Why is my bill so high?
The most common billing question we get related to a high bill is something like the following:
How could I have used 20,000 gallons of water in month?
Water likes to take the path of least resistance. At our normal system pressure of 60 psi, 400,000 gallons can pass through the ¼” line feeding one toilet bowl if it ran steady for 30 days, so that level of loss is certainly conceivable over a matter of days. In extreme cases, we have found water loss of just over 120,000 gallons from an inside fixture and 140,000 loss from an outside spigot being left on. Thankfully, that type of monthly water is rare. However, even small losses can have big financial impacts. Many of these losses can be found by the home or business owner before they become a problem while vacant properties can actually be the biggest risk as a result.
Our first target when discussing water loss is the humble $8 toilet bowl flapper. Flappers get picked on so often because they prove to be the source of water loss in over 60% of cases. The recourse when there is any type of abnormal flow is that we are required to bill what flows through the meter but then have an adjustment process that allows us to remove half of both the water and sewer increase for up to two consecutive months since it’s likely that the loss will fall across two billing periods. However, to qualify for that credit, a repair of some sort has to be made, even if that is replacement of a flapper:
Meters become less accurate in your favor as they age due to scaling and wear in the mechanical parts. Your meter is also read by radio transmitter. While that has greatly increased billing accuracy since the days of reading by hand, once readings have been confirmed by sight as being consistent and accurate, we have little way of knowing where the water went. We simply bill based on water flow. The sewer portion of the bill is based on how much water flows through the water meter so that portion will always increase as well. Plus, the first 1,000 gallons of usage is included in the base rate which helps reduce wild differences in the billing over time. As far as how the calculations are done, you can use a calculation spreadsheet on our website that may be helpful:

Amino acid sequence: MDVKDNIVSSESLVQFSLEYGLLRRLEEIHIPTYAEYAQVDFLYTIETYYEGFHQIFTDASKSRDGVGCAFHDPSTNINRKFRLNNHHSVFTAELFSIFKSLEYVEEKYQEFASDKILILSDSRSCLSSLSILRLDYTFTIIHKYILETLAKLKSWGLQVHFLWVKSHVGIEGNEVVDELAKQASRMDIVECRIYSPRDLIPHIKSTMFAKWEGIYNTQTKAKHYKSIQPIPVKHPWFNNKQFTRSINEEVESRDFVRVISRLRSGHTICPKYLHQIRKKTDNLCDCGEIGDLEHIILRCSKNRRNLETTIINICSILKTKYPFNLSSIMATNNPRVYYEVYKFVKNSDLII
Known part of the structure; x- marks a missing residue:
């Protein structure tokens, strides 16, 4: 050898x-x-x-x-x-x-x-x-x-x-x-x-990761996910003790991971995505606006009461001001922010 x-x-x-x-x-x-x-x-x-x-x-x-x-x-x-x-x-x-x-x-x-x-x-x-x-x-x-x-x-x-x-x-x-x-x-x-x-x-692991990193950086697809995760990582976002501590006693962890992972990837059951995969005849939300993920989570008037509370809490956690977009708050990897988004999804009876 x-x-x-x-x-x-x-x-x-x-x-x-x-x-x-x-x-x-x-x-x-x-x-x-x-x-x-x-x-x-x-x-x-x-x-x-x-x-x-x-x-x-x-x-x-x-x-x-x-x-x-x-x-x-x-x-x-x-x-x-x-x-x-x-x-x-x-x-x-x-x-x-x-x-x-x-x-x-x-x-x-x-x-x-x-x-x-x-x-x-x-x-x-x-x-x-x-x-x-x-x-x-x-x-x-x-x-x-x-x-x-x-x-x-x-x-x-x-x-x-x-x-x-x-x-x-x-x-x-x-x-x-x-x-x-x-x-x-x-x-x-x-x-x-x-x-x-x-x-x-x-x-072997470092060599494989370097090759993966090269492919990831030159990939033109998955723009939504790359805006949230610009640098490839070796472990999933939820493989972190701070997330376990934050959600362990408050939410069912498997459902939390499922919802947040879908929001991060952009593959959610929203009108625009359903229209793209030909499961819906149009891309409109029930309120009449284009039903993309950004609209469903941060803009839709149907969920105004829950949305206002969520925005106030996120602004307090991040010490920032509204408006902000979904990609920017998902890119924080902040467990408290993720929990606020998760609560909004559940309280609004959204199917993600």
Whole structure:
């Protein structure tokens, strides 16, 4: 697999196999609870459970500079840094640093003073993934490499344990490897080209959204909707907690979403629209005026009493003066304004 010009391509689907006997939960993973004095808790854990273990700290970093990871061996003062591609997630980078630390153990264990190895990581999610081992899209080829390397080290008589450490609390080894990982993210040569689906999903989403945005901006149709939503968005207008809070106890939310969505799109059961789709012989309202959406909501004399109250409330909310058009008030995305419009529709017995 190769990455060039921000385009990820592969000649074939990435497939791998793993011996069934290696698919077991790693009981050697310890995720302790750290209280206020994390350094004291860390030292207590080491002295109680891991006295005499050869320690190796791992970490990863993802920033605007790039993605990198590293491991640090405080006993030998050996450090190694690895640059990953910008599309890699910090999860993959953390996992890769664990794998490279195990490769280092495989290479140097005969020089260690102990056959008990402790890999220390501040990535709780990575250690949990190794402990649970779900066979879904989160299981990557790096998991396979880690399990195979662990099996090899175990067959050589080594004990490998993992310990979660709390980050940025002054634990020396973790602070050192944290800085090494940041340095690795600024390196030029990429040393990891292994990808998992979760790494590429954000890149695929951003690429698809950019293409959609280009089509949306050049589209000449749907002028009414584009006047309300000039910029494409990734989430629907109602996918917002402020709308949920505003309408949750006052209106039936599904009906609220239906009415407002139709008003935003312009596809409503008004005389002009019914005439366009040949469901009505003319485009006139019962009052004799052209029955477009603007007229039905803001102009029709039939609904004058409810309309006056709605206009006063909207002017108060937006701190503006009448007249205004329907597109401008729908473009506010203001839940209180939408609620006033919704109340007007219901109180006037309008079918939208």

Nationwide average for water usage is 300 gallons per day for a single family residence. We presently have no means to determine precisely when the flow occurred. Within the next four years, each of our meters will be converted to the type that would track flow by the hour when there is abnormal flow.
Should I Call a Plumber?
Before you call a plumber to check for leaks, please consider that most water loss is from intermittent causes, not broken pipes. In those cases, a plumber will take one look at the meter, see no flow and charge you for their time. Plus, most of the diagnoses for water loss can be performed by you. At the least, we suggest filling a bucket with five gallons of water at a spigot outside to help confirm that the meter reads accurately while increasing your confidence in the process. We then suggest monitoring the flow over a few weeks, making note of the change in reading daily to determine a trend in how water is being used. If you spot a cause for the loss, you can then pursue the leak adjustment credit process mentioned above. If no cause is found, we are unable to process an adjustment.
Thanks in advance for doing what you can to help conserve water by finding the cause for the water loss. If you are not familiar with how to read the meter, we hope this video may be helpful:
Other Questions or Concerns
If you do not have a high bill but have other questions or concerns about the billing process, please contact our Customer Service team at 912-261-7100 during business hours or email email@example.com anytime.